Should I Leave My Church? 7 Biblical Reasons to Leave

In my last two articles Should I Leave My Church? 8 Bad Reasons To Leave and Should I Leave My Church? 7 More Bad Reasons To Leave, I listed several unbiblical reasons Christians give for leaving their churches. I’d be willing to guess, in most cases, people who leave their church, do so for wrong (unbiblical) reasons. 

There are, however, legitimate reasons to leave a church. Not every pastor and/or congregation deserves your loyalty. In fact, faithfulness to Christ might actually necessitate you leaving your church. But it needs to be for the right reasons. Here are seven biblical reasons to leave a church. 

  1. The church teaches false doctrine. Be careful here. If your church doesn’t teach your accepted views on eschatology or spiritual gifts, that doesn’t necessarily mean they have left the reservation of orthodoxy. By false teaching, I am referring primarily to first-tier issues (Doctrinal Tiers). First-tier issues include the Bible, God, and the Gospel. Does the church teach that the Bible is the inspired, inerrant word of God? Do your leaders still affirm the Trinity—that God is one in essence and three in persons—that Jesus Christ is truly God and truly man? Do the elders maintain that salvation is by grace alone, through faith alone, in Christ alone? These are the core doctrinal issues. This is not to say other matters aren’t important, and, of course, space won’t permit to cover every theological topic. That said, be wise and seek counsel before you leave a church over its doctrine. Also, don’t stay if they are teaching heresy. If the teaching undermines, diminishes or contradicts any of the above-mentioned first-tier doctrines, it may be time to make a break. 
  2. The church begins to embrace the LGTBQ movement. Unfortunately, this has become all too common. The sexual revolution has taken the world by storm, and the church is not exempt. If your church leaders are now openly embracing and celebrating any aspect of the LGBTQ agenda, it is time to leave. This is a first-tier, Gospel issue. You cannot enter the Kingdom of Heaven if you are a practicing homosexual (1 Cor. 6:9-11). Telling people otherwise damns their souls to Hell.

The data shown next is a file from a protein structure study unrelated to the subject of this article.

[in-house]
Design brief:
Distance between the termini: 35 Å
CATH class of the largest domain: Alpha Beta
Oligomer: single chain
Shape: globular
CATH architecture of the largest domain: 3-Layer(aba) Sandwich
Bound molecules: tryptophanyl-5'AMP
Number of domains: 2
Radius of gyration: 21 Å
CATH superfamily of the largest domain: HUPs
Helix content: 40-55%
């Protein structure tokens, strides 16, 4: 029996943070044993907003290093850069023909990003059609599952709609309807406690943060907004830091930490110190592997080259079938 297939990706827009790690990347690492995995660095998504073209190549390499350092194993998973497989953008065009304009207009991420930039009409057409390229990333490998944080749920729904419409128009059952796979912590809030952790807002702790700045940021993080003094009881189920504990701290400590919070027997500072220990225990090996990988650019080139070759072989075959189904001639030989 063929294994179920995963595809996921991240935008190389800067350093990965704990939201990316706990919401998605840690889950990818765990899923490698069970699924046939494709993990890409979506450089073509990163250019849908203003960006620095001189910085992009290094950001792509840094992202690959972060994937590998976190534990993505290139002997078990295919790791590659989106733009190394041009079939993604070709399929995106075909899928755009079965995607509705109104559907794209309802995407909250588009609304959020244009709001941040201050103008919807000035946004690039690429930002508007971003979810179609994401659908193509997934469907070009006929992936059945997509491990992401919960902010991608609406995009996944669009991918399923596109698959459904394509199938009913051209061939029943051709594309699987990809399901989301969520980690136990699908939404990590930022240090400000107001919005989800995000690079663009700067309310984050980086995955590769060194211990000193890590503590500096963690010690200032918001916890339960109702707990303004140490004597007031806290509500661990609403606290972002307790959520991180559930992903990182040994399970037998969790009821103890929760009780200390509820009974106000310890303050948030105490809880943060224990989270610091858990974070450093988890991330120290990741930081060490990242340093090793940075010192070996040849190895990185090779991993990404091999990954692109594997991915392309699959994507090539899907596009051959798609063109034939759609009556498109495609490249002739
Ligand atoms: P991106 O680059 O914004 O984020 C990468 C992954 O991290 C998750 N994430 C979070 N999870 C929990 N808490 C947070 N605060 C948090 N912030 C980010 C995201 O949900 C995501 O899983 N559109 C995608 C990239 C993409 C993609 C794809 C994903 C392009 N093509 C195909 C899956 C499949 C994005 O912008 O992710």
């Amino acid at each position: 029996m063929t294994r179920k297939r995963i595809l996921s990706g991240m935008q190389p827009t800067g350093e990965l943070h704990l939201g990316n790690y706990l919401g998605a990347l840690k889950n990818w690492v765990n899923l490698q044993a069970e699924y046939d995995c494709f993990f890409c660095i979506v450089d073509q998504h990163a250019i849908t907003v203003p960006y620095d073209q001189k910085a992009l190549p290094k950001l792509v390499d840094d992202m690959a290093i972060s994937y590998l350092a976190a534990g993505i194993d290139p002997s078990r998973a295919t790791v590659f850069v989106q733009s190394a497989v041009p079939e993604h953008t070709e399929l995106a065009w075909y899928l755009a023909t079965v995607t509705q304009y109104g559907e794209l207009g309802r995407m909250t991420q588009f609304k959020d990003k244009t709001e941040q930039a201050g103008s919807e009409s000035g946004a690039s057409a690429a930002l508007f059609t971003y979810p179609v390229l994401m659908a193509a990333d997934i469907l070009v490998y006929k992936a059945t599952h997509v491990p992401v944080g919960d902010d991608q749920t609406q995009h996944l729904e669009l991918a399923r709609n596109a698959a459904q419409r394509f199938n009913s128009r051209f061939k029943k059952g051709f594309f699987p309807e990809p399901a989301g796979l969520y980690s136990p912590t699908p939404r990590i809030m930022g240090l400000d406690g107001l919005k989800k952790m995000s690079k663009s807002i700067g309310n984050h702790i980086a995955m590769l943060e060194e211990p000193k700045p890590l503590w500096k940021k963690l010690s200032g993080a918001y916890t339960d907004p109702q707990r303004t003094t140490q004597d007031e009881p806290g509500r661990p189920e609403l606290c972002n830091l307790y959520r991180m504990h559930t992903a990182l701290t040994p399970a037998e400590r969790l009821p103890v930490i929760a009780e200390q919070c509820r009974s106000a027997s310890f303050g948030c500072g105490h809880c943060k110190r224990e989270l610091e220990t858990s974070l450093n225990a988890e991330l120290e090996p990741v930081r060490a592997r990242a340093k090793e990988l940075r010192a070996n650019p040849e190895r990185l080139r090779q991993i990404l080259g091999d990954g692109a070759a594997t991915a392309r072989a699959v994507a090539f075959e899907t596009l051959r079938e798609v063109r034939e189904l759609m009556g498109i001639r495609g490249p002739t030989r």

3. You’ve moved. People relocate to new cities and states more today than at any time in our country’s history. New jobs and better living situations are readily available and appealing. Leaving your church because you’re moving is understandable, but two things need to be kept in mind. One, make sure you don’t continue to rely on your home church for weekly content and spiritual edification. What I mean is, don’t neglect to find a new church because you’re still watching sermons from your old pastor. Watching sermons online does not equate to church membership and fellowship and gathering with other believers (Hebrews 10:25). Second, before you move, make sure that you can find a biblical church to join. You might have found a great job, a good school for your kids, and a new house, but is there a biblically faithful church you can join? If not, are you sure you should move? 
  4. The church begins to support abortion. Jesus said He is the way, the truth, and the life (John 14:6). In Him is life itself (John 1:4). You cannot, then, be a part of a church that supports death. Abortion is the murder of an unborn human being. It is the slaughter of an image bearer of God (Psalm 139). If your church begins to support this, you can no longer support or have any association with that church (Proverbs 8:36).